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(2nd LD) New cases fall below 5,000; 4-week toughened virus rules go into effect

All News 16:15 December 06, 2021

(ATTN: UPDATES with more details in paras 10, 13-14, last 3 paras; ADDS photo)

SEOUL, Dec. 6 (Yonhap) -- South Korea's new coronavirus cases fell below 5,000 for the first time in three days Monday as the country reimposed toughened social distancing rules amid concerns over the spread of the omicron variant.

The country added 4,325 new COVID-19 infections, raising the total caseload to 477,358, according to the Korea Disease Control and Prevention Agency (KDCA).

Daily infections soared to a record high of 5,352 cases on Saturday before falling to 5,127 on Sunday.

On Monday, the government began four-week stricter social distancing rules to contain the rapid spread of the coronavirus and the omicron variant.

Students work in a study cafe in Suwon, south of Seoul on Dec. 5, 2021. (Yonhap)

Under the new measures, which will remain effective until Jan. 2, private gatherings are limited to six people in the greater Seoul area and eight in the rest of the country.

More business facilities now need to require visitors to be fully vaccinated or to show a negative COVID-19 test result for entry. Newly added to the so-called vaccine pass system include restaurants, coffee shops, cram schools and internet cafes.

The businesses are given a one-week grace period. Starting next Monday, they will be fined 1.5 million won (US$1,260) if they fail to abide by the new system. The fine can go up to 3 million won for repeated violations. They can also be ordered to close for good for more than four violations.

Individual violators can be fined 100,000 won each time they violate the vaccine pass system.

Cars wait in line to get to a drive-through testing site for the coronavirus in Incheon, west of Seoul, on Dec. 6, 2021. (Yonhap)

The KDCA has confirmed 24 omicron cases, up 12 from a day earlier. Two were from overseas and 10 were confirmed to have locally contracted the virus variant.

Health authorities said those infected with omicron were showing mild symptoms and in a stable condition. They were checking 10 more suspected cases of omicron infection.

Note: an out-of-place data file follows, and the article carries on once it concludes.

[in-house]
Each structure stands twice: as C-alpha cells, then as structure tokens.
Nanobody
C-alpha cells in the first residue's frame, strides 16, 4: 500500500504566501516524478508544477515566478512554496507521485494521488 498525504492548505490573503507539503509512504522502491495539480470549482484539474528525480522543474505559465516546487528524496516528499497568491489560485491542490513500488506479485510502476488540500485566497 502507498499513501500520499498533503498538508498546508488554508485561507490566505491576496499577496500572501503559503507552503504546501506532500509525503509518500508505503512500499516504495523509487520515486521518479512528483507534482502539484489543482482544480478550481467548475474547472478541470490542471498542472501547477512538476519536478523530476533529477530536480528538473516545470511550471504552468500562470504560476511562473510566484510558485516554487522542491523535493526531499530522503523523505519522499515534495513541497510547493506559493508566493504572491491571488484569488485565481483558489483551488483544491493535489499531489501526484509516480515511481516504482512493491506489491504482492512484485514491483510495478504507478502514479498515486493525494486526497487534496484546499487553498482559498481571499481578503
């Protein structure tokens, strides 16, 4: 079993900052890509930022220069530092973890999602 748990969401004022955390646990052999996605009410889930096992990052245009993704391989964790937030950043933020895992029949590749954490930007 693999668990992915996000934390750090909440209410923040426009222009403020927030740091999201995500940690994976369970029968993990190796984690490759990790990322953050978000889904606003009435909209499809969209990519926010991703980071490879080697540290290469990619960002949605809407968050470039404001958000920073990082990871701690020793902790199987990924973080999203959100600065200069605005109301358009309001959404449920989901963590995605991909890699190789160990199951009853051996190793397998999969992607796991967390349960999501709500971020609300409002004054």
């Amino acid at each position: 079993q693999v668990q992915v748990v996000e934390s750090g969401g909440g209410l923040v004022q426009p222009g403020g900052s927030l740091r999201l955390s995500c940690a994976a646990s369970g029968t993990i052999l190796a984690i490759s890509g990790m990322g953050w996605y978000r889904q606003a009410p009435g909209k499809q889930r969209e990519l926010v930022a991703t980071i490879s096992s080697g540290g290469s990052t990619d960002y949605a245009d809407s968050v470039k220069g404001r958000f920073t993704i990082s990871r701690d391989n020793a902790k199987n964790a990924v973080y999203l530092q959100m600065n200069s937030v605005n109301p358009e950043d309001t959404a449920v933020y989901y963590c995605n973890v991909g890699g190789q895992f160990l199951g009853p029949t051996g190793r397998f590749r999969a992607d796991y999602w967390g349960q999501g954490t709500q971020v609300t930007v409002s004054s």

The number of critically ill patients came to 727 on Monday, down 17 from a day ago, while the death toll rose 41 to 3,893. The fatality rate stood at 0.82 percent.

As of 5 p.m. Sunday, 80.4 percent of intensive care unit beds nationwide were occupied, with the occupancy rate higher in Seoul and its surrounding areas at 86.6 percent.

The KDCA said a surge in infection cases and critically ill patients have pushed hospitals and medical workers to their limits.

The agency said that the risk level over the past week was "very high" nationwide, meaning that all indicators pointed to a serious pandemic situation in terms of the health sector's responsiveness, infection rates and vaccinations.

A total of 982 COVID-19 patients in the greater Seoul areas were waiting to be admitted to hospital as of the end of Sunday. Among them, 309 people had been waiting for more than four days, according to the KDCA.

Of the total infection cases, Seoul reported 1,408 new cases, while 1,314 cases came from the surrounding Gyeonggi Province and 302 from Incheon, 40 kilometers west of Seoul.

The number of cases from overseas came to 29, raising the total to 15,894.

On the vaccination front, 83.1 percent of the country's 52 million population have at least received one shot of the vaccine, while 80.5 percent have received two shots.

Also Monday, Education Minister Yoo Eun-hae asked parents to get their children vaccinated if eligible, saying that 99 percent of the young children infected with the coronavirus for the past two weeks were unvaccinated.

The ministry said a growing number of students became infected with the virus, with the daily average of infections among students reaching 564.

"Vaccinations are the most effective way to protect the health of a young child, his or her family and society as a whole," the minister said.

Restaurant areas in Incheon, west of Seoul, are quiet on Dec. 5, 2021, amid concerns over the spread of the omicron variant of the coronavirus. (Yonhap)


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